WASHINGTON – Congressional leaders and the Bush administration reached a tentative deal early today on a landmark bailout of imperiled financial markets whose collapse could plunge the nation into a deep recession.
House Speaker Nancy Pelosi announced the $700 billion accord just after midnight, but said it still has to be put on paper.
“We’ve still got more to do to finalize it, but I think we’re there,” said Treasury Secretary Henry Paulson, who also participated in the negotiations in the Capitol.
“We worked out everything,” said Sen. Judd Gregg, R-N.H., the chief Senate Republican in the talks. Congressional leaders hope to have the House vote on the measure Monday, with the Senate vote coming later.
The plan calls for the Treasury Department to buy deeply distressed mortgage-backed securities and other bad debts held by banks and other investors. The money should help troubled lenders make new loans and keep credit lines open. The government would later try to sell the discounted loan packages at the best possible price.
At the insistence of House Republicans, some money would be devoted to a program that would encourage holders of distressed mortgage-backed securities to keep them and buy government insurance to cover defaults.
The legislation would place limits on severance packages for executives of companies that benefit from the rescue plan, but details were sketchy.
Also, the government would receive stock warrants in return for the bailout relief, giving taxpayers a chance to share in financial companies’ future profits.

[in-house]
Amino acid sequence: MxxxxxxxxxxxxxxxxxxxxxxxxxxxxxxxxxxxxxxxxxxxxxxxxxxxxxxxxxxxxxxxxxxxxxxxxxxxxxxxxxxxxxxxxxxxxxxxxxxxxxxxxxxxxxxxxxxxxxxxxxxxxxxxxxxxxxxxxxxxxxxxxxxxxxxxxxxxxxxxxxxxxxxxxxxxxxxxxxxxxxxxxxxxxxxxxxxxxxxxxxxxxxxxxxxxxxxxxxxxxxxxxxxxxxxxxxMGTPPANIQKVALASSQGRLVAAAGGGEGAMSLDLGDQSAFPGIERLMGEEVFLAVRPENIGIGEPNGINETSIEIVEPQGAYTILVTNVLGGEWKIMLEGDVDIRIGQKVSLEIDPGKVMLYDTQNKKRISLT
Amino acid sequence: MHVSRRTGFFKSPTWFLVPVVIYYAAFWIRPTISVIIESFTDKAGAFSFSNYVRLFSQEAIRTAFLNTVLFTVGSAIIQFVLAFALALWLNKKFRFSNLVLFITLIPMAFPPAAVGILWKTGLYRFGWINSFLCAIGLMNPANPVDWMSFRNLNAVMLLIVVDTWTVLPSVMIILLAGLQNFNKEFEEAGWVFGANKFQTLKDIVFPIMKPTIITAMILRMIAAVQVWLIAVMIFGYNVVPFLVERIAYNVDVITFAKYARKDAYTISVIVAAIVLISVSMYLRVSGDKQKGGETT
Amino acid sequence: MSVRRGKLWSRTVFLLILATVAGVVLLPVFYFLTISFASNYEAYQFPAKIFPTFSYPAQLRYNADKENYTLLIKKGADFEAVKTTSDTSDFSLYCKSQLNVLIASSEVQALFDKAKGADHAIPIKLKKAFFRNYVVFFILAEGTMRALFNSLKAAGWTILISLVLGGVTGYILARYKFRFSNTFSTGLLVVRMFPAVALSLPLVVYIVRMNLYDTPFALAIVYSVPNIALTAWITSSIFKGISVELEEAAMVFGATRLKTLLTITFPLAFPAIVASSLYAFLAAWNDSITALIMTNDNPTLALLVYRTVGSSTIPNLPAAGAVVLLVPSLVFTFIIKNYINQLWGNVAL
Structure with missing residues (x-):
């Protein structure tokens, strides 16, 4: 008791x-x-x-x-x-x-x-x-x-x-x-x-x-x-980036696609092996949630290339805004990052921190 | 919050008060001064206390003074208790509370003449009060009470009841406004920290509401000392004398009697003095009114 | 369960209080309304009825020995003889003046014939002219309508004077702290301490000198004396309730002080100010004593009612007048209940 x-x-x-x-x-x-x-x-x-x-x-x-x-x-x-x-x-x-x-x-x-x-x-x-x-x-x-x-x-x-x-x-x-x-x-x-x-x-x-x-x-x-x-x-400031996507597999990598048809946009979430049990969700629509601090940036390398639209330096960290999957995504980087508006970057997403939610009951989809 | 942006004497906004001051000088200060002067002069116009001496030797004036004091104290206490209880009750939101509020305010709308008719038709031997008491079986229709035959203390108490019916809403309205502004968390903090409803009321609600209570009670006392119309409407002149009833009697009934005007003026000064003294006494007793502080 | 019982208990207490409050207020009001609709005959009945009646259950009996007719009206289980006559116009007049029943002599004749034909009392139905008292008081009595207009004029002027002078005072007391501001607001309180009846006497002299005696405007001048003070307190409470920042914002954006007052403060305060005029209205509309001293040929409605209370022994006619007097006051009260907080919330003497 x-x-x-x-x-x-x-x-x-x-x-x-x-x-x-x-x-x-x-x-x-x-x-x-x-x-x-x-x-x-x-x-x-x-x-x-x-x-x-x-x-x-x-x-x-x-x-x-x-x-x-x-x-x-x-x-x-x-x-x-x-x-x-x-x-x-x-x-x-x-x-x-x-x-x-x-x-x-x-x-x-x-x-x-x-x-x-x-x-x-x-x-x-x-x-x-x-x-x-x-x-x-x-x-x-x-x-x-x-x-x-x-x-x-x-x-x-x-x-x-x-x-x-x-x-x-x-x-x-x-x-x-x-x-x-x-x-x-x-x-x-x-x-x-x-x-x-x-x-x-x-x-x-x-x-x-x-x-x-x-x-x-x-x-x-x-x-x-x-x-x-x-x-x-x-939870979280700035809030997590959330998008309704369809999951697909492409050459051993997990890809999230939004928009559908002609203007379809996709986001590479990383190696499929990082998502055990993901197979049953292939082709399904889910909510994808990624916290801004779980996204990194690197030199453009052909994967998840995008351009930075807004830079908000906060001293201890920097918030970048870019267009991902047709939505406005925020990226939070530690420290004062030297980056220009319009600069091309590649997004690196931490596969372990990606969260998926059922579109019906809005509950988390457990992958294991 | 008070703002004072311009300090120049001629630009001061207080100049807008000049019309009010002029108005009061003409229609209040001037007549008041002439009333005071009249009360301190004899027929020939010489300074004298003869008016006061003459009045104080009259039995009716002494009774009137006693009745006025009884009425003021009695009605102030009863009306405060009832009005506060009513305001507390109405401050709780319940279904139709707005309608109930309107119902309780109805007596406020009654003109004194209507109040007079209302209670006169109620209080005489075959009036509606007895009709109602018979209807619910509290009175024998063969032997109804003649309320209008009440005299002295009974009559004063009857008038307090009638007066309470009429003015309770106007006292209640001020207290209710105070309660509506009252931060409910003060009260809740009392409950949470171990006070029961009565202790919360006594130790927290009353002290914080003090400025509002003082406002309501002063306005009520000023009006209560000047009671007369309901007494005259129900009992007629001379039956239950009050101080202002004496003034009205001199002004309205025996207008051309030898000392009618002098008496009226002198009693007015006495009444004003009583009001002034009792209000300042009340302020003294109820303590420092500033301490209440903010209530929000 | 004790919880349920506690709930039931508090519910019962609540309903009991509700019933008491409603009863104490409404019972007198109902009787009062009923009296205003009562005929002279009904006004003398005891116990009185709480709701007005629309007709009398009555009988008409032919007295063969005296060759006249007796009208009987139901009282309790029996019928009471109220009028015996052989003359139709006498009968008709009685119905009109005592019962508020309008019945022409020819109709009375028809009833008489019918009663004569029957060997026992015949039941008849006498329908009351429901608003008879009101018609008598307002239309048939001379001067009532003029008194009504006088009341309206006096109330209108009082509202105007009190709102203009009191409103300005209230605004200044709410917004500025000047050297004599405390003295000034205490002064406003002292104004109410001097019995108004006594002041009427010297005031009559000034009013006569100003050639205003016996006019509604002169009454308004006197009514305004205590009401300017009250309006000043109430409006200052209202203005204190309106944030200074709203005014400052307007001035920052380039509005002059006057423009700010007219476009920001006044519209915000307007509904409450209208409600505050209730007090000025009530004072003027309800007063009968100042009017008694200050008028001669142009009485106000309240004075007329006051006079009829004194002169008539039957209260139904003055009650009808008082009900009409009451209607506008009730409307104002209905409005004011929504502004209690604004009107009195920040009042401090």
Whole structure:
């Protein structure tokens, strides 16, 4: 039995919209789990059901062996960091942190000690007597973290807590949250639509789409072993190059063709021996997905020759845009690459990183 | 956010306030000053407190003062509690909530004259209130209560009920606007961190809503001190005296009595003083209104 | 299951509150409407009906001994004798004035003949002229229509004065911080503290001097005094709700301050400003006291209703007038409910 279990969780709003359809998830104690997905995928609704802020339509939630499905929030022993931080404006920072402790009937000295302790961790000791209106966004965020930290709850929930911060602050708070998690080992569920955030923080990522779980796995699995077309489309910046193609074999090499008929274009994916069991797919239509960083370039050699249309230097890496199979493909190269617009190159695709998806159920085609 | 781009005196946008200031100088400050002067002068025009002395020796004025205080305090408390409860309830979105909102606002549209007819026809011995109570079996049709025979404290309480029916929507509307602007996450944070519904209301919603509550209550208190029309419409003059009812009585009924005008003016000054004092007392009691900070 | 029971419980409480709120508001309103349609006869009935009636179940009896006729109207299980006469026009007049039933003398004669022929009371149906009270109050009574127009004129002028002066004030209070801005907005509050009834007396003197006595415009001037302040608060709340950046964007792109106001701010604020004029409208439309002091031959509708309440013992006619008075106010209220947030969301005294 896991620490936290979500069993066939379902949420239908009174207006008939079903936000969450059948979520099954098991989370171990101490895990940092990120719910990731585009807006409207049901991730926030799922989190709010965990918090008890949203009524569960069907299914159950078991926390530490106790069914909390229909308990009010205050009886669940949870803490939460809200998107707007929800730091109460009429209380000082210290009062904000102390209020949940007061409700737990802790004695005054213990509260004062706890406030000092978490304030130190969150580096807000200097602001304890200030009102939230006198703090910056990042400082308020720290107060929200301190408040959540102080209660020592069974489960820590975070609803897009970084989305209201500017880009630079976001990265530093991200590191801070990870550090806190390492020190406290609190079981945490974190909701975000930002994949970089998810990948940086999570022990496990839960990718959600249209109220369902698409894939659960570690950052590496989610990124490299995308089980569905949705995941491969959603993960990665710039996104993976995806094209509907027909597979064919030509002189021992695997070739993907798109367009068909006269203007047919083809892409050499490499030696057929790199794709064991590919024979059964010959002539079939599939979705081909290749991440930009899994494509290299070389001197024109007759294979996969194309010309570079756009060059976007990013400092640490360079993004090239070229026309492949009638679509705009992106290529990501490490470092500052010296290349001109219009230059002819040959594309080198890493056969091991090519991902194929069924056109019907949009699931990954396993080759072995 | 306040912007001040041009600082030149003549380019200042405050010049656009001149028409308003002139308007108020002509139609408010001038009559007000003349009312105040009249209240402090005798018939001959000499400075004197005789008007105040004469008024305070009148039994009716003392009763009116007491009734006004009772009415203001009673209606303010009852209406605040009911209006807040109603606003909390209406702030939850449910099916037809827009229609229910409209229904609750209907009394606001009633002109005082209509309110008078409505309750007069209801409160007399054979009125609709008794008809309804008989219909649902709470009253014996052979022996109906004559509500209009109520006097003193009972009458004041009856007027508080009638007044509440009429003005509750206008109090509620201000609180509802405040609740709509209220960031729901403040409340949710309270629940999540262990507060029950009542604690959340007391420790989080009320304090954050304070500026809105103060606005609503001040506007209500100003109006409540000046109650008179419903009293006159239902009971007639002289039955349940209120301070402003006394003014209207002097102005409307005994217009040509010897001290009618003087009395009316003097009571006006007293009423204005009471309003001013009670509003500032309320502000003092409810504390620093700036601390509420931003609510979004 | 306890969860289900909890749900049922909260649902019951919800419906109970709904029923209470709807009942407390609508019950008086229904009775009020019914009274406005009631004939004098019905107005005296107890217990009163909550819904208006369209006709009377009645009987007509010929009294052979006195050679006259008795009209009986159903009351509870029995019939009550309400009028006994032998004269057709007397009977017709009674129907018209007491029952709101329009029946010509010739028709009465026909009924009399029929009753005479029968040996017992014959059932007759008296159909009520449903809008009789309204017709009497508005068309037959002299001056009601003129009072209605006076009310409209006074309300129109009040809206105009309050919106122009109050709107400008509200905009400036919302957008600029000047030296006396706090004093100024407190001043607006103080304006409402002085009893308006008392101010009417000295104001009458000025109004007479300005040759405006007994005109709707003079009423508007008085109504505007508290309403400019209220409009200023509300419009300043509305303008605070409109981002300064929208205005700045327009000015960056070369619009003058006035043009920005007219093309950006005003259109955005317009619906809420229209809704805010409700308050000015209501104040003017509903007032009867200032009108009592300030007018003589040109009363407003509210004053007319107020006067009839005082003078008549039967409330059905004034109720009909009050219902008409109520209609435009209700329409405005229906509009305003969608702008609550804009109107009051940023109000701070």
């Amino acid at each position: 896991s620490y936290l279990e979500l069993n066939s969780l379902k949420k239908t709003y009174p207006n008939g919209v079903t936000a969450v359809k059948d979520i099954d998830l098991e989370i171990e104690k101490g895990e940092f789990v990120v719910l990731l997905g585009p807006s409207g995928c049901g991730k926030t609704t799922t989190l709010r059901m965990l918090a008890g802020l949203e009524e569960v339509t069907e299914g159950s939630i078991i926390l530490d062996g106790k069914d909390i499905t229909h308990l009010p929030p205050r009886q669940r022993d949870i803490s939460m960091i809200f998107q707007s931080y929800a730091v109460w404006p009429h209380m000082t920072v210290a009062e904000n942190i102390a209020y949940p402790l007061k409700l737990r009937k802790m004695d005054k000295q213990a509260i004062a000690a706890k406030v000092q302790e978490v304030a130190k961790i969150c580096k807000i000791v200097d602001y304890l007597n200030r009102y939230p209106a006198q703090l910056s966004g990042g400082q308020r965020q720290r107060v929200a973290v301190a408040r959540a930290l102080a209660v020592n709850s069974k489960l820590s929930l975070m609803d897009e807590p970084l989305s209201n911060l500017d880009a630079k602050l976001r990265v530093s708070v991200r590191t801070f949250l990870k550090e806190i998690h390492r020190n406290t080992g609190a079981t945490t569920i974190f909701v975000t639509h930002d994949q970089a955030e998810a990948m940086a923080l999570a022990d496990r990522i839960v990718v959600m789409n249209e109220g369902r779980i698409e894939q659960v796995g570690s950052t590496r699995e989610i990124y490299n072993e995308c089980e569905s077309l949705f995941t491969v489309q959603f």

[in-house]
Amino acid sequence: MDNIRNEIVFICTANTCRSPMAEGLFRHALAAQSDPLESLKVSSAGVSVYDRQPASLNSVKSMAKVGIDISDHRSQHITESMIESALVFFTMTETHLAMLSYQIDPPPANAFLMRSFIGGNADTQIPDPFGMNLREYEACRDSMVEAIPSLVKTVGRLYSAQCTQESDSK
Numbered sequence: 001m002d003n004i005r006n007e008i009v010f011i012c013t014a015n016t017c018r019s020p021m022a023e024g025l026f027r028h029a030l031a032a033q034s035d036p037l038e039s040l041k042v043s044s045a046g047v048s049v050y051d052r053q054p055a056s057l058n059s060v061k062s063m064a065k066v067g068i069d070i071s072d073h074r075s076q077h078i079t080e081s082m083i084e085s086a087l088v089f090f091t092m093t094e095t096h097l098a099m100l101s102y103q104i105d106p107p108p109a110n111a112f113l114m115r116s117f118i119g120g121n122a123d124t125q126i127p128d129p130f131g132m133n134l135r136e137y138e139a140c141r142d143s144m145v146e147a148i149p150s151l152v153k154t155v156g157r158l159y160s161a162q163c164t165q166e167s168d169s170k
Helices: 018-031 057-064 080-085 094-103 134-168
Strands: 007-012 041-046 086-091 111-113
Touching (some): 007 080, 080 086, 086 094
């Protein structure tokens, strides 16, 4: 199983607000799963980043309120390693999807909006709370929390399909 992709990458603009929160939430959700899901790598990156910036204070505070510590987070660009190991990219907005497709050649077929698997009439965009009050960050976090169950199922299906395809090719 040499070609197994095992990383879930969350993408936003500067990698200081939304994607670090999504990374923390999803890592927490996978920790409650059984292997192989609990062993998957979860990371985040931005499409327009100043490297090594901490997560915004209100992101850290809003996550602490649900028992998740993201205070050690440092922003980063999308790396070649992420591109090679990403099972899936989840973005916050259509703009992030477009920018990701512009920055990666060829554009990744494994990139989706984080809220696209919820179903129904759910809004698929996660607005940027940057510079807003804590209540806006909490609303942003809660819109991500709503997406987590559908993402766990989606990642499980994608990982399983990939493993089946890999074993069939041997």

To help struggling homeowners, the plan requires the government to try renegotiating the bad mortgages it acquires with the aim of lowering borrowers’ monthly payments so they can keep their homes.
The measure’s main elements were proposed a week ago by the Bush administration, with Paulson heading efforts to push it through the Democratic-controlled Congress. Democrats insisted on greater congressional oversight, more taxpayer protections, help for homeowners facing possible foreclosure, and restrictions on executives’ compensation.
To some degree, all those items were added.
At the insistence of House Republicans, who threatened to sidetrack negotiations at midweek, the insurance provision was added as an alternative to having the government buy distressed securities. House Republicans say it will require less taxpayer spending for the bailout.
But the Treasury Department has said the insurance provision would not pump enough money into the financial sector to make credit sufficiently available.
The department would decide how to structure the insurance provisions, said Sen. Kent Conrad, D-N.D., one of the negotiators.
Money for the rescue plan would be phased in, he said. The first $350 billion would be available as soon as the president requested it. Congress could try to block later amounts if it believed the program was not working. The president could veto such a move, however, requiring extra large margins in the House and Senate to override.
Despite the changes made during an intense week of negotiations, the heart of the program remains Bush’s original idea: To have the government spend billions of dollars to buy mortgage-backed securities whose value has plummeted as hundreds of thousands of Americans have defaulted on their home loans.
Senate Majority leader Harry Reid, D-Nev., said Saturday that the goal was to come up with a final agreement before the Asian markets open Sunday night. “Everybody is waiting for this thing to tip a little bit too far,” he said, so “we may not have another day.”
Hours later, when he and others told reporters of the plan in a post-midnight news conference, Reid referred to the sometimes testy nature of the negotiations.
“We’ve had a lot of pleasant words,” he said, “and some that haven’t always been pleasant.”
“We’re very pleased with the progress made tonight,” said White House spokesman Tony Fratto. “We appreciate the bipartisan effort to deal with this urgent issue.”